Chronic Inflammation & Repair
It may follow acute inflammation, as
described earlier, or chronic
inflammation may begin insidiously,
as a low-grade, smoldering
response without any manifestations
of an acute reaction. This latter type
of chronic inflammation is the cause
of tissue damage in some of the
most common and disabling human
diseases, such as rheumatoid
tuberculosis, and pulmonary fibrosis.
It has also been implicated in the
progression of cancer and in
diseases once thought to be purely
degenerative, such as Alzheimer
Chronic inflammation is inflammation of prolonged duration (weeks
or months) in which inflammation, tissue injury, and attempts at
repair coexist, in varying combinations.
CAUSES OF CHRONIC INFLAMMATION
Chronic inflammation arises in the following settings:
• Persistent infections by microorganisms (mycobacteria)
• Excessive and inappropriate activation of the immune system (auto-
antigens evoke a self-perpetuating immune reaction)
• Prolonged exposure to potentially toxic agents, either exogenous or
Chronic inflammation is characterized by:
• Infiltration with mononuclear cells, which include macrophages,
lymphocytes, and plasma cells
• Tissue destruction, induced by the persistent offending agent or
by the inflammatory cells
• Attempts at healing by connective tissue replacement of damaged
tissue, accomplished by proliferation of small blood vessels
(angiogenesis) and, in particular, fibrosis
ROLE OF MACROPHAGES IN CHRONIC INFLAMMATION
The macrophage is the dominant cellular player in chronic inflammation.
The half-life of blood monocytes is about 1 day, whereas the life span of tissue
macrophages is several months or years.
Monocytes begin to emigrate into extravascular tissues quite early in acute
inflammation, and within 48 hours they may constitute the predominant cell type.
As illustrated in Fig. 2-10, different macrophage populations may serve distinct
functions—some may be important for microbial killing and inflammation, and others for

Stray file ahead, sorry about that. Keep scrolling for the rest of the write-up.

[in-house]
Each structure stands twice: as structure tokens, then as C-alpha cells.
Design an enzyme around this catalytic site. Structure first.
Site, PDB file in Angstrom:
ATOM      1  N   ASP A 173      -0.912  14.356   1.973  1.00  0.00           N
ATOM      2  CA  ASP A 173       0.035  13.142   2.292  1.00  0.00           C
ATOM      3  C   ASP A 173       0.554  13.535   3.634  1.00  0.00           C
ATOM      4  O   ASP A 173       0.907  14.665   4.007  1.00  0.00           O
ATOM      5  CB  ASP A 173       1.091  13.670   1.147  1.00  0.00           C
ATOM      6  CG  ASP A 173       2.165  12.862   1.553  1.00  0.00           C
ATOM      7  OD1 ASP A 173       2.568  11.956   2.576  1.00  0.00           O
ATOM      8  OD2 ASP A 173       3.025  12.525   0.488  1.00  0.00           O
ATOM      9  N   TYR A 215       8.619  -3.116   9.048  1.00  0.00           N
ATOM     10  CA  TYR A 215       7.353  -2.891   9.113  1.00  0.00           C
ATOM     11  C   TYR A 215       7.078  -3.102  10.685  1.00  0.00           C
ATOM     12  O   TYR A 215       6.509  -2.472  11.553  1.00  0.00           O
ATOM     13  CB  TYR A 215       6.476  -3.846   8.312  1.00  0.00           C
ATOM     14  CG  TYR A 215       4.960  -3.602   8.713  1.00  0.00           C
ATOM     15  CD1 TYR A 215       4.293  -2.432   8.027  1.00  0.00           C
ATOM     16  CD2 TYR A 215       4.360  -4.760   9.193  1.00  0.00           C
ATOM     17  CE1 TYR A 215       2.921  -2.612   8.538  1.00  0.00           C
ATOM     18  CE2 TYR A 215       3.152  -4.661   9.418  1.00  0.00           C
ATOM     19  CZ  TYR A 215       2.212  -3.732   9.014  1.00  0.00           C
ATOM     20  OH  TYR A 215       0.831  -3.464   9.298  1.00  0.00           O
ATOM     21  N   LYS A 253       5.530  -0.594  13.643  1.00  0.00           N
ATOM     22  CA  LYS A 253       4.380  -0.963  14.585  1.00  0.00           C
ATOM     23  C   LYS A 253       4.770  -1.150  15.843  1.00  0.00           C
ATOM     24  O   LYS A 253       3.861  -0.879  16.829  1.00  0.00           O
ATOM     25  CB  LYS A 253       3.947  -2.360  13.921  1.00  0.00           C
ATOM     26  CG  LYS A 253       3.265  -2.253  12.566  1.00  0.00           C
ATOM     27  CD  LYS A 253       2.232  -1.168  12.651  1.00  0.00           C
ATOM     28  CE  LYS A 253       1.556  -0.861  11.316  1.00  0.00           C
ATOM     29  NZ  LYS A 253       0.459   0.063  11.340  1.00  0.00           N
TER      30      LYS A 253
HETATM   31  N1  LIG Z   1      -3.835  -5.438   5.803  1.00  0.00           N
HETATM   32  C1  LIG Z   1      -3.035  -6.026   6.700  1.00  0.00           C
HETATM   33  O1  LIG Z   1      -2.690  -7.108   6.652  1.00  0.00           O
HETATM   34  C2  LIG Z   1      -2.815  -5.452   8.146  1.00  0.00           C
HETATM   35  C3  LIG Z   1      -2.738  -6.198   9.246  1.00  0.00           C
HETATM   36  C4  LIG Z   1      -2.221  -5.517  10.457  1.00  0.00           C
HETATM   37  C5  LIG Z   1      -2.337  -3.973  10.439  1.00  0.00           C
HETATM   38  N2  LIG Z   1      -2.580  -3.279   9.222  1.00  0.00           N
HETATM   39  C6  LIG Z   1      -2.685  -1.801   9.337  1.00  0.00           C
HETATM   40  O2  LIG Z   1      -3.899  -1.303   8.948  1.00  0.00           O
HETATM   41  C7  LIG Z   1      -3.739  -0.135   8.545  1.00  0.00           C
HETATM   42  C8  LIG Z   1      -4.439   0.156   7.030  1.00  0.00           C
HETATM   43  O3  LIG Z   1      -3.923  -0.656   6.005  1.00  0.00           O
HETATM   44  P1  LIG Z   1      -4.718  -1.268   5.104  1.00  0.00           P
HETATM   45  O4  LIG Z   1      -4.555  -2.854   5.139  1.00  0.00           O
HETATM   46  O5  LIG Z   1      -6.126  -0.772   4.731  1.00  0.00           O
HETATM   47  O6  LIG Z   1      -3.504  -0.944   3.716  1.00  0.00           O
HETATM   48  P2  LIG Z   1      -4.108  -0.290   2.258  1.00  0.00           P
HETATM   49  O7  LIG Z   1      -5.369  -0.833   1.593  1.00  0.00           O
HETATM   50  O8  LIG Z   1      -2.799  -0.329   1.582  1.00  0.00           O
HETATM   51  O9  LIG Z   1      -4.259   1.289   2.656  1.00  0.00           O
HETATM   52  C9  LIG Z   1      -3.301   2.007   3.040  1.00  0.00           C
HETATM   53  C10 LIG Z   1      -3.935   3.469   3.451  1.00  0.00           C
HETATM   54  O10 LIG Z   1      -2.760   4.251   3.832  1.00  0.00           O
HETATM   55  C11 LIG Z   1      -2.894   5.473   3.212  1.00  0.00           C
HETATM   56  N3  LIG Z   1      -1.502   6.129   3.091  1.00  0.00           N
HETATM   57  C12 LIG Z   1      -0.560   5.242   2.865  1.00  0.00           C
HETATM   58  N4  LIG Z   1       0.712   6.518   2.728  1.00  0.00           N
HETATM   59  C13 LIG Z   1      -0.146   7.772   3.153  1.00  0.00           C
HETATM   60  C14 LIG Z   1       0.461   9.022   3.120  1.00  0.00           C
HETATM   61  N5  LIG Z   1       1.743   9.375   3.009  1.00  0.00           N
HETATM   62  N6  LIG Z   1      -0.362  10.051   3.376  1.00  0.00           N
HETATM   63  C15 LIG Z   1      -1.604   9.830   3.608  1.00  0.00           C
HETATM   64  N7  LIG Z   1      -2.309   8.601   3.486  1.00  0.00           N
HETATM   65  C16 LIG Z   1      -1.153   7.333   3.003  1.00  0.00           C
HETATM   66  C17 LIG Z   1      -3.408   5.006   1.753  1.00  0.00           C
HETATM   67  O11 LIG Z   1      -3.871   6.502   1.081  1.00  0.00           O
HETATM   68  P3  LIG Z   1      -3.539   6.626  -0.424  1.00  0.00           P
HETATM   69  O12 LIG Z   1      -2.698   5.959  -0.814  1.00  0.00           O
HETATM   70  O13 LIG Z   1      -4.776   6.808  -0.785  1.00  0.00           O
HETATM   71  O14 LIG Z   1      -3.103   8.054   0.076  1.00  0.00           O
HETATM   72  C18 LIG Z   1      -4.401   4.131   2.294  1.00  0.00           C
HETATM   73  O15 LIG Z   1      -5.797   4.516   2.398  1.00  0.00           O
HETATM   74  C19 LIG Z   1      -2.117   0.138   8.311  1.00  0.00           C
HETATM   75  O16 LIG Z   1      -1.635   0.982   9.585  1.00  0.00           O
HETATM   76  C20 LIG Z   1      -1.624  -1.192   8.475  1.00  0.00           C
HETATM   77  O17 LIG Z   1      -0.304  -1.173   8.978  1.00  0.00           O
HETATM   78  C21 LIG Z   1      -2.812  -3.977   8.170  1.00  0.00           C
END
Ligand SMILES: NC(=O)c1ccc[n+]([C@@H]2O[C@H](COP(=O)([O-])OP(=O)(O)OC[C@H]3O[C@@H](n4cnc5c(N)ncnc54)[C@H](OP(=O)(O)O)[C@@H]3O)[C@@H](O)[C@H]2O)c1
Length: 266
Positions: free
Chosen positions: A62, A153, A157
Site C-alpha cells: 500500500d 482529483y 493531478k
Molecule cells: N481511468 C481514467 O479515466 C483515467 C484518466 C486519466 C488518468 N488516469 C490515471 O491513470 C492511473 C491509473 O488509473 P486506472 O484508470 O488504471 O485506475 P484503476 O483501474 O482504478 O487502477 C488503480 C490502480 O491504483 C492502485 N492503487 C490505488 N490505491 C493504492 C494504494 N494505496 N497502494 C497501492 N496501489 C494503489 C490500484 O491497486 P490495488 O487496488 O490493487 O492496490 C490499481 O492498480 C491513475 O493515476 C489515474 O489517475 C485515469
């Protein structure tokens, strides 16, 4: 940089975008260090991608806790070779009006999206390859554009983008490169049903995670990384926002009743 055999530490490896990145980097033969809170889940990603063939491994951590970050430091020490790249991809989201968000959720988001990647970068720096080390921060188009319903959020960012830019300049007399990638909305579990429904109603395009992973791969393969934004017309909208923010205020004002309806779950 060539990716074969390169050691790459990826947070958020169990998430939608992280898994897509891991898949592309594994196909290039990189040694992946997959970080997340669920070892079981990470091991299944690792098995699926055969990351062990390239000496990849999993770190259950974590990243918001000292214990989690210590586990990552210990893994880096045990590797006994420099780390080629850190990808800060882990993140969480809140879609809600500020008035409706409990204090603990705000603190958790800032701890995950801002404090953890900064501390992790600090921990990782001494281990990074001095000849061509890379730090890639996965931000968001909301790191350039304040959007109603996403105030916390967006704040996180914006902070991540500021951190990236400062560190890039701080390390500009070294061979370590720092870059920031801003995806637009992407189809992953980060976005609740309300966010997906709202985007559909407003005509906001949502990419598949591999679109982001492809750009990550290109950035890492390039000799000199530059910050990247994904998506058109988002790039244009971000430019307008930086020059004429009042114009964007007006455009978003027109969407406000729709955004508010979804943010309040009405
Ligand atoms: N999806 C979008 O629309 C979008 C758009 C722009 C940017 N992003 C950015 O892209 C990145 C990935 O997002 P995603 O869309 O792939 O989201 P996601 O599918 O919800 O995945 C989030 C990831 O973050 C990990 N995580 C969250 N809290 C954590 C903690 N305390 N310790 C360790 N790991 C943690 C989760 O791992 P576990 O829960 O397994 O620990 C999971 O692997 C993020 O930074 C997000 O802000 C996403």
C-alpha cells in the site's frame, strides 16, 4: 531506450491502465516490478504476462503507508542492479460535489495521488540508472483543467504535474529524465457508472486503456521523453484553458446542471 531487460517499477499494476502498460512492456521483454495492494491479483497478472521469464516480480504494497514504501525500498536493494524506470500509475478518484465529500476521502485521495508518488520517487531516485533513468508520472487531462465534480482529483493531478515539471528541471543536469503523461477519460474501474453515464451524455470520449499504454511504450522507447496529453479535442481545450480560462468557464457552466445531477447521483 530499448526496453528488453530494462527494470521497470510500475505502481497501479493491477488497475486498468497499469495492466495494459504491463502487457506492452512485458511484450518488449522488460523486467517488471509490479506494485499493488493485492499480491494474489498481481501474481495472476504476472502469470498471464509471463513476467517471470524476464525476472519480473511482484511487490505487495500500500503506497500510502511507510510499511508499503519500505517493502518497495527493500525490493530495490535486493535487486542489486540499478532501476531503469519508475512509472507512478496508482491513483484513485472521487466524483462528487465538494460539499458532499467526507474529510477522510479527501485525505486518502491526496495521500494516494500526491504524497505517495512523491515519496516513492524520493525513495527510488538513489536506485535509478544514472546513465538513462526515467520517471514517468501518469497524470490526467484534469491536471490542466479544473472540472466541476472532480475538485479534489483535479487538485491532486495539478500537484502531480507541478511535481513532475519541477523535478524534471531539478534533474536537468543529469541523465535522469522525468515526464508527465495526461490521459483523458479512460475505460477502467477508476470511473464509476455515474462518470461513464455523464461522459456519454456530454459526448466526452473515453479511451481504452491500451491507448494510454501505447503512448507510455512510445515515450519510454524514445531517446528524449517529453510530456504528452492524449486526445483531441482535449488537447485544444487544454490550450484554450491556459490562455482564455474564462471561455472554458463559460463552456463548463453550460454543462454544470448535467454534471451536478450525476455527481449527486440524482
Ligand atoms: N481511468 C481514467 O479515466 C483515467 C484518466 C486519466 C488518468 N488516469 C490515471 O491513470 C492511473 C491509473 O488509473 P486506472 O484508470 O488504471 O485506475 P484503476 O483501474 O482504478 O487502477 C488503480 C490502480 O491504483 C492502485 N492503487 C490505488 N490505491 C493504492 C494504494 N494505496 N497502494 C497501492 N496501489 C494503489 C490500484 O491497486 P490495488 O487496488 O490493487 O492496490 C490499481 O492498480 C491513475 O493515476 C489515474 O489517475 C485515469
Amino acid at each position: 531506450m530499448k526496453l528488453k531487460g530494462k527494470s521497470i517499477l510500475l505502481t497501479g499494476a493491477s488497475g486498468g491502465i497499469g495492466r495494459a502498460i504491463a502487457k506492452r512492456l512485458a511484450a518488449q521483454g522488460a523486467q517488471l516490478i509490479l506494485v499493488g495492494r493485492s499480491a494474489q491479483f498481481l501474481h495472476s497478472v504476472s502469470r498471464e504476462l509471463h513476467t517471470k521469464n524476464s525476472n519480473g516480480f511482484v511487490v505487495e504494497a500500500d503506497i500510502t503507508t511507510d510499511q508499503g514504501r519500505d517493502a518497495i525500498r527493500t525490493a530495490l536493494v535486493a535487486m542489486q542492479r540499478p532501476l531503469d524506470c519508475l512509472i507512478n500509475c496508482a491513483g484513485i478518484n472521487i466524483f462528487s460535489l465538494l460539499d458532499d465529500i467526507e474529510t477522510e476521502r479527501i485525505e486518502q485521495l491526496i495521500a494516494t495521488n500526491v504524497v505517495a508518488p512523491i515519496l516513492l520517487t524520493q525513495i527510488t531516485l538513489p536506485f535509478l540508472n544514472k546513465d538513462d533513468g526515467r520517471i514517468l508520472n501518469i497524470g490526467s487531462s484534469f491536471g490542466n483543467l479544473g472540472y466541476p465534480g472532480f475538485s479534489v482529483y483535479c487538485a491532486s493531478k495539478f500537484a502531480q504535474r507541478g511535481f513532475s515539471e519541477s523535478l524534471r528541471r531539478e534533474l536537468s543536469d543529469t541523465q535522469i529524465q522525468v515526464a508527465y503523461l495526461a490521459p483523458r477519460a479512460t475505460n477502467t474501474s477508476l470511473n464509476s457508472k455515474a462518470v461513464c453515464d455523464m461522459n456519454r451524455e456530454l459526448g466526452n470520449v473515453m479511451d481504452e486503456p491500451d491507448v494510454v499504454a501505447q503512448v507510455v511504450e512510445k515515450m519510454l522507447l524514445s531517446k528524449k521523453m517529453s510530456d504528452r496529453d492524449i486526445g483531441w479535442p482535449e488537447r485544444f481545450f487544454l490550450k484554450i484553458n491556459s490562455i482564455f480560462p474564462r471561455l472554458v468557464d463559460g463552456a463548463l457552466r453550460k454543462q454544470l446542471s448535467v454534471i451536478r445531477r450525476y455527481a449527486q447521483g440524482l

repair. Their impressive arsenal of mediators makes macrophages powerful allies in the
body's defense against unwanted invaders, but the same weaponry can also induce
considerable tissue destruction when macrophages are inappropriately activated. It is
because of the activities of these macrophages that tissue destruction is one of the
hallmarks of chronic inflammation. The ongoing tissue destruction can itself activate the
inflammatory cascade, so that features of both acute and chronic inflammation may
coexist in certain circumstances.
The products of activated macrophages
serve to eliminate injurious agents such as
microbes and to initiate the process of
repair, and are responsible for much of the
tissue injury in chronic inflammation.
Their impressive arsenal of mediators
makes macrophages powerful allies in the
body's defense against unwanted invaders,
but the same weaponry can also induce
considerable tissue destruction when
macrophages are inappropriately activated.
It is because of the activities of these
macrophages that tissue destruction is one
of the hallmarks of chronic inflammation.
The ongoing tissue destruction can itself
activate the inflammatory cascade, so that
features of both acute and chronic
inflammation may coexist in certain
Fibrocytes are mesenchymal cells that arise from monocyte precursors. They are
present in injured organs and have both the inflammatory features of macrophages and
the tissue remodelling properties of fibroblasts. Chronic inflammatory stimuli mediate the
differentiation, trafficking and accumulation of these cells in fibrosing conditions
associated with autoimmunity, cardiovascular disease and asthma. This Opinion article
discusses the immunological mediators controlling fibrocyte differentiation and
recruitment, describes the association of fibrocytes with chronic inflammatory diseases
and compares the potential roles of fibrocytes in these disorders with those of